Tim Blair


New Criterion



Thursday, December 09, 2004
The tawdry stunt that began with Mike Scrafton's letter to The Australian accusing the Prime Minister of deliberately misleading the nation over the kids overboard affair has come to its inevitably tawdry conclusion.

The Senate Committee's Labor majority has found in favour of Scrafton and against the Prime Minister. In one sense that is a remarkable achievement. As Senator Brandis's questioning of Scrafton revealed, his account of what he told the PM and when could not have been true. So how does the Labor majority come to its conclusion?

Simple, really. They cover the embarrassing implosion of Scrafton's evidence with that handy little band-aid "alleged". As in the following:
3.10 The Prime Minister’s answer also fails to acknowledge the significant doubts about the ’children overboard’ incident that flowed from Mr Scrafton’s alleged advice that no-one in Defence still believed such an event had occurred.
Much of the rest of what you might call the substance of the Committee's report is concerned with documenting the Prime Minister's failure to acknowledge what Scrafton alleges he told him.

"Mr Scrafton’s claims...", we are told; "Mr Scrafton has said that he left the Prime Minister in no doubt...", "Mr Scrafton’s claims suggest these comments were deliberately misleading", "In short, there is a clear conflict between Mr Scrafton’s testimony ... and Mr Howard’s denial in Parliament" (3.22) and so on, as the fatally-tainted Scrafton claims are deployed by the Committee majority as if they were evidentiary gold.

This is my favourite example of Senatorial double-talk: "The Prime Minister’s answer also fails to acknowledge the significant doubts about the ’children overboard’ incident that flowed from Mr Scrafton’s alleged advice" (3.10).

The Labor majority's sole basis for accepting the Scrafton claims are the reports of others to whom he passed on accounts of his telephone conversations with the PM during a well-lubricated dinner with his girl-friend. I had better remind you, since the Committee's report fails to deal clearly with the issue, that the telephone records established beyond doubt that Scrafton could not have told the Prime Minister what he claimed in his letter to the press.

The Committee's finding on this point,
3.87 The Committee notes Mr Scrafton’s lack of certainty about the number and timing of his phone calls with the Prime Minister on 7 November 2001 and his certainty about the key points discussed during those conversations.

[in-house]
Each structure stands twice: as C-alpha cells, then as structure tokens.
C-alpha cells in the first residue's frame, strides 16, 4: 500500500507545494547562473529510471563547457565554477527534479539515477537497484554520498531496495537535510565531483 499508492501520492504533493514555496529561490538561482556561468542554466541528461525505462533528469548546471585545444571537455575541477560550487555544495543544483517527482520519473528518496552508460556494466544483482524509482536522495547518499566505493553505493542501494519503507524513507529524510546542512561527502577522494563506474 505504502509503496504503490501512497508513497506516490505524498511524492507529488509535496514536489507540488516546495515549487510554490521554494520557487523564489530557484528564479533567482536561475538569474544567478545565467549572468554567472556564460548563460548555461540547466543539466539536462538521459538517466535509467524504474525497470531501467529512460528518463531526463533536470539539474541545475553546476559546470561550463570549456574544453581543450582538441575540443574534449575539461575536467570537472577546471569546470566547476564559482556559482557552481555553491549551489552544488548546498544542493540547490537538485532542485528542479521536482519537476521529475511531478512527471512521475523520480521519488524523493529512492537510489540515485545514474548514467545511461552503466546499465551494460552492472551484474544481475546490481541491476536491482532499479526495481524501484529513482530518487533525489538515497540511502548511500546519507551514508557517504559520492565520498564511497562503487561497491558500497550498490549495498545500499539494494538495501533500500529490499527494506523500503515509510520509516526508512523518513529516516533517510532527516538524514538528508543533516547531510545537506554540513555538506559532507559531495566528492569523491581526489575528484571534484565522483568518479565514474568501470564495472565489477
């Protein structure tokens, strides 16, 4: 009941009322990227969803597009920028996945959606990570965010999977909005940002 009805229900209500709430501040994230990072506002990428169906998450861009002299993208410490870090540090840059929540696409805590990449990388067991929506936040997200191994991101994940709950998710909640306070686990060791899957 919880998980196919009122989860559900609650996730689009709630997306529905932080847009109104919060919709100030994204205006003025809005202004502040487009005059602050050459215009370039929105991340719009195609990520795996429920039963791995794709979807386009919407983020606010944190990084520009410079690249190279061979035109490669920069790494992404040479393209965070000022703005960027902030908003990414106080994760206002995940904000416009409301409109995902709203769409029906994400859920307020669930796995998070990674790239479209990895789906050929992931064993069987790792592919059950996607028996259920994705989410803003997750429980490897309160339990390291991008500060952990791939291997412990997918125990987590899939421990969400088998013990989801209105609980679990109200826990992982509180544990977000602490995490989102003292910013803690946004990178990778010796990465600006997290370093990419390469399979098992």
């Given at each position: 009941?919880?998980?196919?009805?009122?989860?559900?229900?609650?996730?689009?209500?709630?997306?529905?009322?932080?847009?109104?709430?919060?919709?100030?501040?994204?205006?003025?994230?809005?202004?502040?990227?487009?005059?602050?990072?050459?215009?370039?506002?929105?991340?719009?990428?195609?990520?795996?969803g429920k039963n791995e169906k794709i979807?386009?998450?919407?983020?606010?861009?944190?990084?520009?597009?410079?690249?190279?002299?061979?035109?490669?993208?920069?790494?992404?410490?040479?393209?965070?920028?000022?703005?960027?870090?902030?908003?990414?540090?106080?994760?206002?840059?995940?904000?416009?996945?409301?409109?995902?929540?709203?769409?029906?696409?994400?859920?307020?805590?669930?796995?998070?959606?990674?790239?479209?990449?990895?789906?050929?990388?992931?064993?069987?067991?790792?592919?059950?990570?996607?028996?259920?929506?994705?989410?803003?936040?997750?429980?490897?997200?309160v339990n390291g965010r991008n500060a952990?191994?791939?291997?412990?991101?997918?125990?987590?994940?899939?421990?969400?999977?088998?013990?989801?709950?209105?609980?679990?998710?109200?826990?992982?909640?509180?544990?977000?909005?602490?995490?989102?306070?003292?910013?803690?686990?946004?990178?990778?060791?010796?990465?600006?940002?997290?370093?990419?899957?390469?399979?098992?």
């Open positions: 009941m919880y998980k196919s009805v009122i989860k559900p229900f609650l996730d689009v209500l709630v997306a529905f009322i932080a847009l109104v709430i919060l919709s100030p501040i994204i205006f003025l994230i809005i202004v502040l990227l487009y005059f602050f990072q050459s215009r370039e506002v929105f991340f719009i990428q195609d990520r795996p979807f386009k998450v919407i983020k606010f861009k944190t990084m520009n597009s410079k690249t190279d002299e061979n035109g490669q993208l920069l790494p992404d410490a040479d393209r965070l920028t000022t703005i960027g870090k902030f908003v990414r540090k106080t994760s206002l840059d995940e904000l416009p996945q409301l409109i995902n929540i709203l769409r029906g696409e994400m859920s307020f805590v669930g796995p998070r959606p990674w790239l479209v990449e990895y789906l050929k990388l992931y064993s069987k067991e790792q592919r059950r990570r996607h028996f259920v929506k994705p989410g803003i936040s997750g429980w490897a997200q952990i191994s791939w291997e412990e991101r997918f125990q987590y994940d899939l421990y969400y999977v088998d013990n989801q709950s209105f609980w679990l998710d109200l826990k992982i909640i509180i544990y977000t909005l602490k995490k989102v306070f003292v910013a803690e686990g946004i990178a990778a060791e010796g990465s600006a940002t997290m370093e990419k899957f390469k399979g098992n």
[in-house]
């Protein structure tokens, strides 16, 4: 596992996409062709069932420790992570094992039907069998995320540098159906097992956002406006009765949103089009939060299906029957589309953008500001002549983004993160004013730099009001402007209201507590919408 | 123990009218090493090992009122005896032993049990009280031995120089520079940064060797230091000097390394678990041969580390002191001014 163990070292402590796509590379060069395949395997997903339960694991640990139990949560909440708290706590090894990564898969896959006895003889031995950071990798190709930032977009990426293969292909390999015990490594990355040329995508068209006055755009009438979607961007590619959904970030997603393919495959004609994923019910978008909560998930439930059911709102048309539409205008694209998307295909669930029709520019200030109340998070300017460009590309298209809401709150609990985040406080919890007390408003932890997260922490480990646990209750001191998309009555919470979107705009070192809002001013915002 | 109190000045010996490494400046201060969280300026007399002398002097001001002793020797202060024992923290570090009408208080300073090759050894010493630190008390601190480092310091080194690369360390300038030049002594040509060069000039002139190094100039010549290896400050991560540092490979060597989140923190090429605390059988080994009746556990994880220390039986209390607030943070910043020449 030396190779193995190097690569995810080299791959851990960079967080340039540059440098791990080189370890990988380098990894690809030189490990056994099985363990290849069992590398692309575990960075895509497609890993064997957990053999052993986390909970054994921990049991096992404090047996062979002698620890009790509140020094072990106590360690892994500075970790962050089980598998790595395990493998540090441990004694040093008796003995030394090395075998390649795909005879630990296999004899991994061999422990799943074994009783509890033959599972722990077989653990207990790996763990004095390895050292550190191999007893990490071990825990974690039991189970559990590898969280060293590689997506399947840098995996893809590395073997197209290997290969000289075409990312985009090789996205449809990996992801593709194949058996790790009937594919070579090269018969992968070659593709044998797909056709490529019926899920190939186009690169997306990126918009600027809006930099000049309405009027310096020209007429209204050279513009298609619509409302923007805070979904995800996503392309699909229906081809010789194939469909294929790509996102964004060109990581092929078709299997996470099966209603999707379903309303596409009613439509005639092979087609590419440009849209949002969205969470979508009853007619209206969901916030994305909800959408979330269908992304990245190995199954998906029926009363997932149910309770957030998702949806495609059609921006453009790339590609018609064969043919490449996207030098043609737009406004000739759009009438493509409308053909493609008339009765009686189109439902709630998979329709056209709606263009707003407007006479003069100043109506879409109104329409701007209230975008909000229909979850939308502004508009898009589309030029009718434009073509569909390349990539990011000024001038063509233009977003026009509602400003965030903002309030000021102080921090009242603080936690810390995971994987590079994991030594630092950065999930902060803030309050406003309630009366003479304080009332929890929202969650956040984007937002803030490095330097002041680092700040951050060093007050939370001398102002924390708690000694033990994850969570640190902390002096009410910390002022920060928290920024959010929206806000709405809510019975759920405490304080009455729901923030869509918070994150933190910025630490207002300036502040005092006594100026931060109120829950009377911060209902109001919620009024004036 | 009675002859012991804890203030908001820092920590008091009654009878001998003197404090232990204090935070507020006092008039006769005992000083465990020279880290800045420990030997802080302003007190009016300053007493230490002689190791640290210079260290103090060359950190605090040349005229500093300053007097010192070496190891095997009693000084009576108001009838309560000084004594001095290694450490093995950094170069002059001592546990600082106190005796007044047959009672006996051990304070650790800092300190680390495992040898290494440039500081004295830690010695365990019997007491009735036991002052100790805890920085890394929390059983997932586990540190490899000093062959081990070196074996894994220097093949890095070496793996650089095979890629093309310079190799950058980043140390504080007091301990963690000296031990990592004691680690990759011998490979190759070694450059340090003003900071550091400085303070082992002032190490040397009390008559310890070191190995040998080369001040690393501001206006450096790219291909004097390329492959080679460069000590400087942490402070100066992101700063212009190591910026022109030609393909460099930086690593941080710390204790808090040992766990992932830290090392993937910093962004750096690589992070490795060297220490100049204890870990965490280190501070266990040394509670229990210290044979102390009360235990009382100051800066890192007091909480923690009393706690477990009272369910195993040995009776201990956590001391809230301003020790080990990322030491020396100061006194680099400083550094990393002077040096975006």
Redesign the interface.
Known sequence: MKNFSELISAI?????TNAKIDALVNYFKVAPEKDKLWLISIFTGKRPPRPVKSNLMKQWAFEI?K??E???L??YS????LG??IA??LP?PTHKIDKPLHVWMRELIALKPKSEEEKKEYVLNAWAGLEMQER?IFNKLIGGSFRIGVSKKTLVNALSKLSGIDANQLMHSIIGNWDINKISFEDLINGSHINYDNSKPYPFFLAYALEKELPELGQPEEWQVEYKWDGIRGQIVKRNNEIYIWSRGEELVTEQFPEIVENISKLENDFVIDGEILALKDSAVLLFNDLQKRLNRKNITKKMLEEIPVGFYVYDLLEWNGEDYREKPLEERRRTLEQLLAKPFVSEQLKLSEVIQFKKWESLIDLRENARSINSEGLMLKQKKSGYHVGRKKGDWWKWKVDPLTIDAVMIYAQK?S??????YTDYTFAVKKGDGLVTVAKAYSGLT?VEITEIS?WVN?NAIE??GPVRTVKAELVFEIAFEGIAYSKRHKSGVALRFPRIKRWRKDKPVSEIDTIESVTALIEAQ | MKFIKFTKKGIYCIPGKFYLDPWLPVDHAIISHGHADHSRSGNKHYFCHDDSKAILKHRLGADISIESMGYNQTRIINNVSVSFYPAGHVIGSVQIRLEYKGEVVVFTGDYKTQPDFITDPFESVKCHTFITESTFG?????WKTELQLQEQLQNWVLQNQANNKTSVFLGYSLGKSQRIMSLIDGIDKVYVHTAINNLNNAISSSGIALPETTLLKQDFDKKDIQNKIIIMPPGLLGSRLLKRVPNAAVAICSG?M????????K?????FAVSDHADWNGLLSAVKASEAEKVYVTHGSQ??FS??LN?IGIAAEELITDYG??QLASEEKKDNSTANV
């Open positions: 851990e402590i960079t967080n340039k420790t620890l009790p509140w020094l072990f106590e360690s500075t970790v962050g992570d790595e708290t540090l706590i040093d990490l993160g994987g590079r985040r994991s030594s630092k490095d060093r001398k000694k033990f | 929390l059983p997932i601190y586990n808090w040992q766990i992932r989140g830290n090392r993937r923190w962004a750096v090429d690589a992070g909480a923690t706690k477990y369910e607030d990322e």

would be greeted with derision by anyone with more than an infant's grasp of the probity of evidence in circumstances like these.

The Committee's supine acceptance, at face value, of Scrafton's explanation of his deliberate lies to the earlier Bryant enquiry into the same accusations against Howard is equally risible. In the course of the the Committee's enquiry it emerged that the Cabinet directive Scrafton used as an excuse on this matter was not in fact issued until long after the Bryant enquiry

Apart from all this, the Committe fails to accommodate the simple and uncontested fact that, as the Coalition Senators put it in their minority report, Scrafton's allegations were "based upon Mr. Scrafton’s unassisted recollection almost three years after the event." (paragraph 16)

This report tarnishes the reputation of the Senate staff who were obliged by the ill-tempered Labor majority to persist with a stunt that had collapsed on itself so spectacularly before the election. The innocent among us might have hoped that Parliamentary staff would have had the professionalism not to draft such low-grade partisan twaddle, or the integrity to refuse to accept it if it was the handiwork of the Labor majority.

Instead, this report will stand as a monument to the depths to which Parliamentary procedures have been lowered, not by government pressures but by the contempt in which they are held by an anti-government majority soon, thank the Lord, to expire. The Coalition's Senator Brandis has ensured this by including in his minority report the unedited transcript of his cross-examination of Scrafton's evidence.

The extraordinary thing is that John Howard, despite the pressures he was under during the previous election campaign during which much of this was played out, comes across as the most credible and the most trustworthy of the parties involved. It may take a generation before the gatekeepers in the media and academia allow that simple fact into general circulation, but you can know it now, just by reading this sad little report.

And what of those other defenders of honesty in politics, the Australian Democrats? Their then leader, Andrew Bartlett, was a member of the Committee. Here is what comes down from the Democrats moral high ground these days:
I support the contents and findings of the main report, but wish to make a couple of additional points.
You don't need me to tell you that those "additional points" do not bear on the central issue of whether John Howard or Mike Scrafton was the more trustworthy witness. Call it pusillanimous, call it gutless if you prefer, but it's not the kind of third way that's worth electing to our Senate.